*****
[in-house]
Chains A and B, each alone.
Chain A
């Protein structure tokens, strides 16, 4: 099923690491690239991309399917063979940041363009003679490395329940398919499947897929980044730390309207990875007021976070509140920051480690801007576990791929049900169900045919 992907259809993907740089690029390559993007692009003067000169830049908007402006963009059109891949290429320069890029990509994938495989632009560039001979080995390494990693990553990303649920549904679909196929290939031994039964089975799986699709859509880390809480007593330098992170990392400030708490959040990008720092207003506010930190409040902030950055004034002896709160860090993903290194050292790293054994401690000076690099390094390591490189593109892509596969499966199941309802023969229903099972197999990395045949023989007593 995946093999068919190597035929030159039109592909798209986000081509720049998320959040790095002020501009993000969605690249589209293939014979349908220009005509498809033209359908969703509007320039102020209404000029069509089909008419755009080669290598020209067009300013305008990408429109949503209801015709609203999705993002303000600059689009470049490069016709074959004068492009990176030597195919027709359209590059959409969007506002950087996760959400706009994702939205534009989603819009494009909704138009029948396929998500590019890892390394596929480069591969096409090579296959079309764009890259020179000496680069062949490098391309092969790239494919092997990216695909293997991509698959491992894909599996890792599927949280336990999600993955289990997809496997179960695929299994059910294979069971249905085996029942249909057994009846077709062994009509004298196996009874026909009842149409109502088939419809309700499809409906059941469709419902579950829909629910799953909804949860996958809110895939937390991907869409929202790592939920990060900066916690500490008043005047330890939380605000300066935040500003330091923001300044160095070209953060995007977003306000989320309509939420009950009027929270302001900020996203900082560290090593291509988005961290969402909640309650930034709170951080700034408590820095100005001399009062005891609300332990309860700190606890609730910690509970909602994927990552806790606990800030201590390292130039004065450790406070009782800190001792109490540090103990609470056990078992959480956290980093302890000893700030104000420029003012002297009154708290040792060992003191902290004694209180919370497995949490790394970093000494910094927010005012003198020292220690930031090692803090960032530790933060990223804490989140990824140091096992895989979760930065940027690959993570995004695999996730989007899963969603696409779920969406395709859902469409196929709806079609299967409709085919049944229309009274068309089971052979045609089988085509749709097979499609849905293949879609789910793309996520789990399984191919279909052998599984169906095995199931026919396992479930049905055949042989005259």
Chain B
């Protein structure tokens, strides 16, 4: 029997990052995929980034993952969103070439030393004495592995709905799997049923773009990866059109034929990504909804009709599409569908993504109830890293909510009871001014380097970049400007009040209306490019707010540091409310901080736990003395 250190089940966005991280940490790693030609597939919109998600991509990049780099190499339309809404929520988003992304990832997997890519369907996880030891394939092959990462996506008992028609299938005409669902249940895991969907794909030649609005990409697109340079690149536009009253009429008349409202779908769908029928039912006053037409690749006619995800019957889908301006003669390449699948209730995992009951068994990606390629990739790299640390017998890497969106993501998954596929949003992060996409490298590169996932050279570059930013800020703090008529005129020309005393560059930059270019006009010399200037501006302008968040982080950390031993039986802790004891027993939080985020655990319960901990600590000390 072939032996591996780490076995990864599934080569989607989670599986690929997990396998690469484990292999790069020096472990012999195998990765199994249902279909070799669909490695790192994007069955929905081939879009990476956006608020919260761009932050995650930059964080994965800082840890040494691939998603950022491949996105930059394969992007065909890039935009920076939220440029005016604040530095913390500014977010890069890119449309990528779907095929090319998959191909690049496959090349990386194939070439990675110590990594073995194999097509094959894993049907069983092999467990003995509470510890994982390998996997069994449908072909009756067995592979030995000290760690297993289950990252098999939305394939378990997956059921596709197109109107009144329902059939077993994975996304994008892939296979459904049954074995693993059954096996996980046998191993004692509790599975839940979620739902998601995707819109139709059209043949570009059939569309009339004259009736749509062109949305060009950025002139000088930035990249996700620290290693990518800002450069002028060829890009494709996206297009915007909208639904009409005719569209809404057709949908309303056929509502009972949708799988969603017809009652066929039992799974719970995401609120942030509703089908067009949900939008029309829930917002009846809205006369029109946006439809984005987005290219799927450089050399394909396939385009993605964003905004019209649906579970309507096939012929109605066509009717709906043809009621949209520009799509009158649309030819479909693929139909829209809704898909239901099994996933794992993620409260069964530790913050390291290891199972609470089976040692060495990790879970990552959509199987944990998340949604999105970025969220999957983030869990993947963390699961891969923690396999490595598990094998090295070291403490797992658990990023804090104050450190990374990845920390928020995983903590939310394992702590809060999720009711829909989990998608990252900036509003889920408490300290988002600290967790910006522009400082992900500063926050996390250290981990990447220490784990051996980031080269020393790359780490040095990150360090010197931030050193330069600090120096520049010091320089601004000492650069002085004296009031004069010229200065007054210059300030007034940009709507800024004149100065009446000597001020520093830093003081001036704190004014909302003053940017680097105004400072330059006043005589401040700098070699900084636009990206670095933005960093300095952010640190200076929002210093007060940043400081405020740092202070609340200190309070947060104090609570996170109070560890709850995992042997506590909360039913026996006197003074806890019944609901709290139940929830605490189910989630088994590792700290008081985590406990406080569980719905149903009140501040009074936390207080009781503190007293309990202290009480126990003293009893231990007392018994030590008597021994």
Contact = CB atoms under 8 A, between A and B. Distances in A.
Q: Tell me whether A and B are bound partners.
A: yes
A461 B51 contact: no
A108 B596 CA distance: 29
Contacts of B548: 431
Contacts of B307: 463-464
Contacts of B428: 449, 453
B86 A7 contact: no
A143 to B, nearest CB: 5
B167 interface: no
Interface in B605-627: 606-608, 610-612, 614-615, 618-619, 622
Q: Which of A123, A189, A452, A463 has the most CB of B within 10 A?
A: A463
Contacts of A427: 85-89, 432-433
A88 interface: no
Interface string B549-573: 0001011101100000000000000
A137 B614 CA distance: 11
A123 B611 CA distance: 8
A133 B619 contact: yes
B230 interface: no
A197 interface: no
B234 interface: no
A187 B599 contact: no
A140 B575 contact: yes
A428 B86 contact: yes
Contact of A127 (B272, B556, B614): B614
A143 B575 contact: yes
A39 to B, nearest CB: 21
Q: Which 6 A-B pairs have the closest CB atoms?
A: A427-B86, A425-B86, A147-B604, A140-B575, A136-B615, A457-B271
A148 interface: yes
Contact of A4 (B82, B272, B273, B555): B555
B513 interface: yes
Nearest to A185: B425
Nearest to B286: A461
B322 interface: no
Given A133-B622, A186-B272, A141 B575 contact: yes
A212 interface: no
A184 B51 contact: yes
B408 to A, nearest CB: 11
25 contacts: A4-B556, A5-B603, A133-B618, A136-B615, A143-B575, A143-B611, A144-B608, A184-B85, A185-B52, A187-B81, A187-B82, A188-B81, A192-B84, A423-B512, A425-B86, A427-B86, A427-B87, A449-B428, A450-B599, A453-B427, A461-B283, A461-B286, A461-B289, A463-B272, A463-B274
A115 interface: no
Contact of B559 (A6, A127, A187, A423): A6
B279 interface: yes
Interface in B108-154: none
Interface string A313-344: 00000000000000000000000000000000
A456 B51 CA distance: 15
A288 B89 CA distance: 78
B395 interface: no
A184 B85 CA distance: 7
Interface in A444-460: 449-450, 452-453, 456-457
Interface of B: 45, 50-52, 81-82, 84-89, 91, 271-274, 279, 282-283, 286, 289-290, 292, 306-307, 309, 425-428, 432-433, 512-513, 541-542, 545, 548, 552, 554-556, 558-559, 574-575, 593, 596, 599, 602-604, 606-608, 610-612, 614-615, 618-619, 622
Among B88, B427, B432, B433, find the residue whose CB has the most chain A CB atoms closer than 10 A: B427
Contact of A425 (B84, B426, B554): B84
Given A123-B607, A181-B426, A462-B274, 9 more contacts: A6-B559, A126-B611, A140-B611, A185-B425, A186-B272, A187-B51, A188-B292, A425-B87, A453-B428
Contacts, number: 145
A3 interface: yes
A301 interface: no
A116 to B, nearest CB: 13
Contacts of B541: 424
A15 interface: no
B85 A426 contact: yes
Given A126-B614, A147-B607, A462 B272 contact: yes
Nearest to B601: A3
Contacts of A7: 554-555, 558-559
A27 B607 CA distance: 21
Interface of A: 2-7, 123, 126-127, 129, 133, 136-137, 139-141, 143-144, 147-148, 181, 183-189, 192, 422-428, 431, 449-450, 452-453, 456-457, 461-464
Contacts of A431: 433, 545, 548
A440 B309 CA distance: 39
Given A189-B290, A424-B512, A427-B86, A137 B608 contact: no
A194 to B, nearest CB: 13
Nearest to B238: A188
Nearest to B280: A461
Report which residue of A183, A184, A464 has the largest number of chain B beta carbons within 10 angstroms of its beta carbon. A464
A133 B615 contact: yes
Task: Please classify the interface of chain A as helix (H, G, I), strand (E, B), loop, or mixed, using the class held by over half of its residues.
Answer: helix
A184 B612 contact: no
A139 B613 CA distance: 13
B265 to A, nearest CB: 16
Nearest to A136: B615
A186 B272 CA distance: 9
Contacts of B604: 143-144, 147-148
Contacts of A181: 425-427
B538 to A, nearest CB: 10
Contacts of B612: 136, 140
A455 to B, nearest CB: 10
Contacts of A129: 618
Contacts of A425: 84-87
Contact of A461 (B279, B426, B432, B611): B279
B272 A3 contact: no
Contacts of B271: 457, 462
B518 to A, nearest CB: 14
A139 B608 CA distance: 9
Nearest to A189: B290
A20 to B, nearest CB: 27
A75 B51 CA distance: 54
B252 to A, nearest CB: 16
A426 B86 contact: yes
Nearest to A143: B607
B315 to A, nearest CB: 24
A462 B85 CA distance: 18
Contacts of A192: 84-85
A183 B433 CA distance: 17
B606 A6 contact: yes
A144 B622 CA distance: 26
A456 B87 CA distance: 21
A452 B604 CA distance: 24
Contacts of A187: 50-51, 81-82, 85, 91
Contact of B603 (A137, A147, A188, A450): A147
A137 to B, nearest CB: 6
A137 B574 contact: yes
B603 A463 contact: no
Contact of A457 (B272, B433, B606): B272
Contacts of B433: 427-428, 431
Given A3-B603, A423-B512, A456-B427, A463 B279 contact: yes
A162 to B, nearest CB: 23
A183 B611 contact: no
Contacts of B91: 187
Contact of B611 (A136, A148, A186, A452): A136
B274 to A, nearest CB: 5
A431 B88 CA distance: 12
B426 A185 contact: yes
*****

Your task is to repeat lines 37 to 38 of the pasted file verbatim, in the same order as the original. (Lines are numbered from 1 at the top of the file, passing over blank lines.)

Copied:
A: A427-B86, A425-B86, A147-B604, A140-B575, A136-B615, A457-B271
A148 interface: yes